20 billion counterfeit market is 'a joke beyond belief Counterfeit iPhones oakley sport sunglasses are among the items seized by Canada Border Services Agency under a new law aimed at curtailing knock off merchandise.
The knock offs are contained in some of the outlet oakley sunglasses 36 counterfeit shipments have been detained since the law was passed. But that number is "a joke beyond belief," says a Toronto lawyer who specializes in anti counterfeiting. Lorne Lipkus said the value of Canada's counterfeit market is likely $20 billion to $30 billion, but the country's record on fighting fake goods is among the worst in the world. "We bang our heads against the wall," he said. "Nobody can believe Canada does so little." Nobody can believe Canada does so little Counterfeit products are a growing problem in this country. Before the new law was passed in December 2014, the RCMP took the lead on seizing counterfeit goods. In 2012, the police force seized $38.1 million in fake goods, up from $7.7 million in 2005. But it seems unlikely the CBSA has detained goods worth anywhere near that much. A list of 31 of the oakley watch 36 shipments detained by the agency since 2015, tabled in the House of Commons recently, shows a total value of less than $600,000, though more than half of the shipments mainly the smaller ones don't have values attached. The list largely consists of knock off clothing, glasses, watches and headphones, mimicking brands like Prada, Chanel, Under Armour and Bose. The only Canadian brand on the list is Canada Goose 20 fake winter coats were intercepted in November 2016. Most of the shipments had come from China and were caught in Montreal or Toronto. But the new law allows companies to file requests asking the agency to stop counterfeit versions of their brands at the border. The companies can provide the CBSA with information about how to identify fakes. Once counterfeits are flagged, they can choose whether or not to take the importers to court. There are currently 169 companies that have filed requests with the CBSA. But those requests have yielded only three dozen results, which Lipkus called "embarrassing." In total, 10 of the affected companies have pursued litigation against importers since the law was passed. Three of those cases went to court and the other seven were resolved outside of court. "The volume of activity has been surprisingly small," said Cynthia Rowden, a partner at intellectual property law firm Bereskin and Parr. But Rowden and Lipkus both said the police force has stopped making border seizures a priority after the new law was passed giving the CBSA more power. The documents tabled in the House state that "the RCMP federal policing program has not discovered any counterfeit goods since December 2015." The Mounties' regional policing divisions were not able to provide information about seizures in the time they were given. Rowden said part of the problem with the new legislation is that companies end up on the hook for the cost of storing counterfeit goods until their cases are settled, which can make them reluctant to sign on. "I think a lot of people were very concerned about what those costs would be." Instead, she said, they may prefer to let the goods enter the country and have police intervene wherever they're being sold. But Lipkus said the main issue is that the CBSA hasn't been given a strong mandate or the resources to tackle the problem. "We absolutely have the ability. We don't have the will. We don't have a government saying 'Do this'." In a statement, the office of Innovation, Science and Economic Development Minister Navdeep Bains said there is "currently work being undertaken to raise public and private sector awareness of the new regime," including a working group of industry and law enforcement officials. Natasha Tusikov, an incoming assistant professor of criminology at York University, said counterfeit products can be imported by retailers and individuals, who may not always realize the goods are fake. But counterfeit products are likely a major part of black market trade in Canada. Those numbers are several years old. Conservative MP Dan Albas, who requested the list of detentions, said the fact that most of the products came from China is a reason for concern. "This is at a time when the government is embracing further investments and further extension of trade (with China)," he said. "We should be very, real cheap oakley sunglasses very aware of these issues." Rowden said allowing the CBSA to detain goods in transit through Canada "would make it much more obvious that Canada cares significantly about the distribution of counterfeit merchandise.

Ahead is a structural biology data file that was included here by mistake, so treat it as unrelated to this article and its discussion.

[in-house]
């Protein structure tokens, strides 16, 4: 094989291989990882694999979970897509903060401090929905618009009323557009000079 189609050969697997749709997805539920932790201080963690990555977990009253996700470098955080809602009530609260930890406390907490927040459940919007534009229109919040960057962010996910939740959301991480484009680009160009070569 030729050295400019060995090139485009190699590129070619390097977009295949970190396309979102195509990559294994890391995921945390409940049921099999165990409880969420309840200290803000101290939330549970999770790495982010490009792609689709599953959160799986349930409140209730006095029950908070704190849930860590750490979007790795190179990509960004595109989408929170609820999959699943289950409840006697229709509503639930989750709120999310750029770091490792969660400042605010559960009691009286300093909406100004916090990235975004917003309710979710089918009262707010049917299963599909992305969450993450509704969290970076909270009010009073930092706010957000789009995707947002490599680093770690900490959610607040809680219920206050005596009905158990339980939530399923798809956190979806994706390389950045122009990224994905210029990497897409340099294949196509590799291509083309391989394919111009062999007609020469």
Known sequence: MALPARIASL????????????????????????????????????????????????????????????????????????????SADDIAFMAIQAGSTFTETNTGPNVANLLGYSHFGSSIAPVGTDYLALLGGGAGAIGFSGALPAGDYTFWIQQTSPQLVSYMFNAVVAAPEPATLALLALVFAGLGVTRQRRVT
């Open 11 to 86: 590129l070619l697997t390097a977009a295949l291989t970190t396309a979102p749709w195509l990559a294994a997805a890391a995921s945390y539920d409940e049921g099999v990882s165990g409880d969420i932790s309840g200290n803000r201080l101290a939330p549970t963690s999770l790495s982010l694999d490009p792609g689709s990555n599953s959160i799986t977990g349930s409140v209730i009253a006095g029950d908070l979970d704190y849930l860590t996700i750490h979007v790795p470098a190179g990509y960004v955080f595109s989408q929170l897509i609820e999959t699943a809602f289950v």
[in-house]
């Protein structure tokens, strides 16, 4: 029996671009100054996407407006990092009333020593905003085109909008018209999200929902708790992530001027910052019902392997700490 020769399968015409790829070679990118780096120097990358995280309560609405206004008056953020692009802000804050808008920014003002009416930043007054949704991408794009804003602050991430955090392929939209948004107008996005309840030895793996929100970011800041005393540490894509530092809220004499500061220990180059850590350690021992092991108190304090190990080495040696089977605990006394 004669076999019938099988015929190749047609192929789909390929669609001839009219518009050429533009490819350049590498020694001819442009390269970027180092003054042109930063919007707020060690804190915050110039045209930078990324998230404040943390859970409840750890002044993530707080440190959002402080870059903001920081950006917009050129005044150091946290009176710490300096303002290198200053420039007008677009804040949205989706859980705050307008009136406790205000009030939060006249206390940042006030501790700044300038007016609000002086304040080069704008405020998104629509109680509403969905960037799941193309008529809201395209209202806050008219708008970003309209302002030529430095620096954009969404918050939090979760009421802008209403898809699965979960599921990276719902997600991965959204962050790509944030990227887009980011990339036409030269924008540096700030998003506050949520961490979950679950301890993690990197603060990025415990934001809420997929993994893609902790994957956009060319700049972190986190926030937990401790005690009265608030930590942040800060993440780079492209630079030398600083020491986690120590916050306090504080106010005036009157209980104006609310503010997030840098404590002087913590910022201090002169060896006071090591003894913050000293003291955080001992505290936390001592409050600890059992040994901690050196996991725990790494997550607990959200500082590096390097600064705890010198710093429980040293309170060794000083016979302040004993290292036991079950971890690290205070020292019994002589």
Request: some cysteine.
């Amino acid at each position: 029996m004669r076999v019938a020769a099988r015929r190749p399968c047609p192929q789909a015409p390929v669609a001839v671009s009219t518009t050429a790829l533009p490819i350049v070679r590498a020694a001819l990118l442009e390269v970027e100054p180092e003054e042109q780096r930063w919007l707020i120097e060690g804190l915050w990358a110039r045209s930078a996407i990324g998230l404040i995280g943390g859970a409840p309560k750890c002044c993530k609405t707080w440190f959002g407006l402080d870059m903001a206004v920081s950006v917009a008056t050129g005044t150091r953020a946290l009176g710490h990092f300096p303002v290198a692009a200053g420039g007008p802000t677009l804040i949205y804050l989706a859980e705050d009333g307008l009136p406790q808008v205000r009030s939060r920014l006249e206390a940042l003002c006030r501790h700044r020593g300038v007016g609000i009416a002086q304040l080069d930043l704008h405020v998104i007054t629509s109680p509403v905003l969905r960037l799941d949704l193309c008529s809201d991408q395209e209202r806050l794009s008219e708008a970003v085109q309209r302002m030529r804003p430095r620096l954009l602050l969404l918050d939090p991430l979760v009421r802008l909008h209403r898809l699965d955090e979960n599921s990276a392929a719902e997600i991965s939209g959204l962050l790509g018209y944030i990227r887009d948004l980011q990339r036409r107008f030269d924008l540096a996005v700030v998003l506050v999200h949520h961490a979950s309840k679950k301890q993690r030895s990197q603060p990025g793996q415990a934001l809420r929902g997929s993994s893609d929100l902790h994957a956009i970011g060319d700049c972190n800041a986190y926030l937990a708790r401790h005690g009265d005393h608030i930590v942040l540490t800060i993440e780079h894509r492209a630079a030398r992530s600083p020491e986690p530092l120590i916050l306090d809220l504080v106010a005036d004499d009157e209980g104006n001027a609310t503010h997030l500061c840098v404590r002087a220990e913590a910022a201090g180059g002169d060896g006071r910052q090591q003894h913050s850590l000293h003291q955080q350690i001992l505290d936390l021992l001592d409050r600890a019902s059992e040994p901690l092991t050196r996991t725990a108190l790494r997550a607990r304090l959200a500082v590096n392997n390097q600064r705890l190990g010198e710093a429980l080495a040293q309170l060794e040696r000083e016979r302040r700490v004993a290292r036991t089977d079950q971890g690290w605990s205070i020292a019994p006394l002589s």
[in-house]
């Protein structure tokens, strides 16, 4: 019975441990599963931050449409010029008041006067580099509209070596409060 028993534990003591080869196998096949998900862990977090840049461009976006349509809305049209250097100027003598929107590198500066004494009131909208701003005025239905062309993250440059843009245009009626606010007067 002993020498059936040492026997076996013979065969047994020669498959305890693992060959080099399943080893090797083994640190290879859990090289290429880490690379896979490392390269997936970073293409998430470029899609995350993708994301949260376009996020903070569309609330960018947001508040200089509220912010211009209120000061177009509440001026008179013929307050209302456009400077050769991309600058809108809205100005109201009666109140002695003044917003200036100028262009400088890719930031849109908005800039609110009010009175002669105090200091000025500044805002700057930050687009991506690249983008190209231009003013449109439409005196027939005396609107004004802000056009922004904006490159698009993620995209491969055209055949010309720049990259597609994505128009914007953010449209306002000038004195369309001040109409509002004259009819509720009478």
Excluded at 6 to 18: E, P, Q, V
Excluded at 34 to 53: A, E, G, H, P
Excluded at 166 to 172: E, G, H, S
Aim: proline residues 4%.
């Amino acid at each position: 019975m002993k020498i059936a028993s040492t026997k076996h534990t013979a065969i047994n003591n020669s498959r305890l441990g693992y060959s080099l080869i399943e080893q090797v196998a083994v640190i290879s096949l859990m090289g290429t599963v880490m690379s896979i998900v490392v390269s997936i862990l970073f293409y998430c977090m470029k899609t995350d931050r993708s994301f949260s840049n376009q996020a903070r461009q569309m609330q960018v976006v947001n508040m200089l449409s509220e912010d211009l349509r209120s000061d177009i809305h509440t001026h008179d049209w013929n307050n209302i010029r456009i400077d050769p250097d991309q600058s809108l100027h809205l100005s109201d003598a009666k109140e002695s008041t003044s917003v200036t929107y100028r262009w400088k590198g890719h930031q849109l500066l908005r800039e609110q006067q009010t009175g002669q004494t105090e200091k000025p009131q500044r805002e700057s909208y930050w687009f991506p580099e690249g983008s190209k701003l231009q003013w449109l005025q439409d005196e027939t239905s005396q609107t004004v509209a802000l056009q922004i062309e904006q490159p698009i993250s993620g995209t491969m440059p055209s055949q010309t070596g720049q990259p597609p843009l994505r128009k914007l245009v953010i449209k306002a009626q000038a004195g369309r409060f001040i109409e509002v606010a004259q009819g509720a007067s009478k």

" There are many types of counterfeit goods coming into Canada beyond what shows up on the CBSA's list. Lipkus suggested the items the CBSA is detaining mostly apparel are "the lowest of the low hanging fruit and the easiest to spot.".
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